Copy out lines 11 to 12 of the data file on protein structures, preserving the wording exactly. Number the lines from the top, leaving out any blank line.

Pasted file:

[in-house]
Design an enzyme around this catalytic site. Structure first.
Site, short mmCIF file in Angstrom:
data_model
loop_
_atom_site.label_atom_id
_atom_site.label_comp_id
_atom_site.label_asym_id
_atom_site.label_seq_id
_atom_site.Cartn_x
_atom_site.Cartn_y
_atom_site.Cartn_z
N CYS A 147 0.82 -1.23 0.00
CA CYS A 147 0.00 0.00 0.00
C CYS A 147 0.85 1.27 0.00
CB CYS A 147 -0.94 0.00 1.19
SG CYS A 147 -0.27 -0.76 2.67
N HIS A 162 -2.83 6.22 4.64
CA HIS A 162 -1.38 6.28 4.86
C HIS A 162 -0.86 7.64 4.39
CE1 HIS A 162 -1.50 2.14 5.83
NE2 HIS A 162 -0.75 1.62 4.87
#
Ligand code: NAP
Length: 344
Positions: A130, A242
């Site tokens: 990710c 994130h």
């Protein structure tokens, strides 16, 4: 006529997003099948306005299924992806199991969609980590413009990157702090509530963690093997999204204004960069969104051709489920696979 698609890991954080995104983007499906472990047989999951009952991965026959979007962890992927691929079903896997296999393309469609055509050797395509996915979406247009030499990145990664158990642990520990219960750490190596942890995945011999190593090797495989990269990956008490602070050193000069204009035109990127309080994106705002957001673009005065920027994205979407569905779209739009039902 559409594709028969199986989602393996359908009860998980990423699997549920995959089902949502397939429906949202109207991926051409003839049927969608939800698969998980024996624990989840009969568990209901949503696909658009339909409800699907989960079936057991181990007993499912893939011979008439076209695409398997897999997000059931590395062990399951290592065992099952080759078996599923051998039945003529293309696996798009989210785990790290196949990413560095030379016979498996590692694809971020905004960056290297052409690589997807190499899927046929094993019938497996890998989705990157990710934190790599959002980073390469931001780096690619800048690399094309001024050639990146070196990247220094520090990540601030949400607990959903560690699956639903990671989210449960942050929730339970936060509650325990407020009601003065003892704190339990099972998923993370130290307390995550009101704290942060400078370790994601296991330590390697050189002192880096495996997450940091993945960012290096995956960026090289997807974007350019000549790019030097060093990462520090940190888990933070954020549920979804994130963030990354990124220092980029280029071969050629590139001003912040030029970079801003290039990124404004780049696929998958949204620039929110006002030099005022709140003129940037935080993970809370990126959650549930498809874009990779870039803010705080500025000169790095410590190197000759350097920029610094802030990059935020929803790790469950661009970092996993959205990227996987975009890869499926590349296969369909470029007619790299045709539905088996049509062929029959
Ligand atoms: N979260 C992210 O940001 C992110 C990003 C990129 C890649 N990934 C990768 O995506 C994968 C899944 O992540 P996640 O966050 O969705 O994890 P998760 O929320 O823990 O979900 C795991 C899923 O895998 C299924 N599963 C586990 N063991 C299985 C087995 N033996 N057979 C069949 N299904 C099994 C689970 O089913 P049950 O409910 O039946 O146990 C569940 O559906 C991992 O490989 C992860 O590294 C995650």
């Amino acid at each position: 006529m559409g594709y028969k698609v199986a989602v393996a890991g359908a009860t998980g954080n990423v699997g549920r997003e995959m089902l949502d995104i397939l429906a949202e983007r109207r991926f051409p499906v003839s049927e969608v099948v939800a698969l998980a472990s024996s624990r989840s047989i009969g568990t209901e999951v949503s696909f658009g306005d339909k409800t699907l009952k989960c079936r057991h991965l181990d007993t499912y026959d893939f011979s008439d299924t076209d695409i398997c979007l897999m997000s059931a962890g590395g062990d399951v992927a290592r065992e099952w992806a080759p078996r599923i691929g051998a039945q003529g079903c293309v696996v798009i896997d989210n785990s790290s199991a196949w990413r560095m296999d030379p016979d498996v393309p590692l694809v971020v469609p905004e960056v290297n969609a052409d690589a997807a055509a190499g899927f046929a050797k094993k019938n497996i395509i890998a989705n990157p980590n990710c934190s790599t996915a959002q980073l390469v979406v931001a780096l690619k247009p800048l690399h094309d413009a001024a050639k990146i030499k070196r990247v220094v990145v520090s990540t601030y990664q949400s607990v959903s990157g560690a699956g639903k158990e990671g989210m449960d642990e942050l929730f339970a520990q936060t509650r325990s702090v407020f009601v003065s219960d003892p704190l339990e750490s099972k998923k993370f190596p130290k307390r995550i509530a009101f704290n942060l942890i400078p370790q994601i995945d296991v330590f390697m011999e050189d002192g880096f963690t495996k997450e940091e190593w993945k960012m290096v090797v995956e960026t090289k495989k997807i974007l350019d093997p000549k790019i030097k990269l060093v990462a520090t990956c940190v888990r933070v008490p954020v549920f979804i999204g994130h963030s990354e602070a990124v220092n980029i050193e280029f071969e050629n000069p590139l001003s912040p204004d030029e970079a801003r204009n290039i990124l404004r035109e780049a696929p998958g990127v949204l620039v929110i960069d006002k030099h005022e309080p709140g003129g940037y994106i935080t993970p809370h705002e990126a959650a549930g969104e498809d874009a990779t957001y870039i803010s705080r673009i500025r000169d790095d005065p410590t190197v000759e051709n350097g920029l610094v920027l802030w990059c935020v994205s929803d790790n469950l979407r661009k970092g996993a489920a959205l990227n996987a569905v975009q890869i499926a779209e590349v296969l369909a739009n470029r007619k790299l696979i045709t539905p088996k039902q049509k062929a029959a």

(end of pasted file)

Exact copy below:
_atom_site.Cartn_y
_atom_site.Cartn_z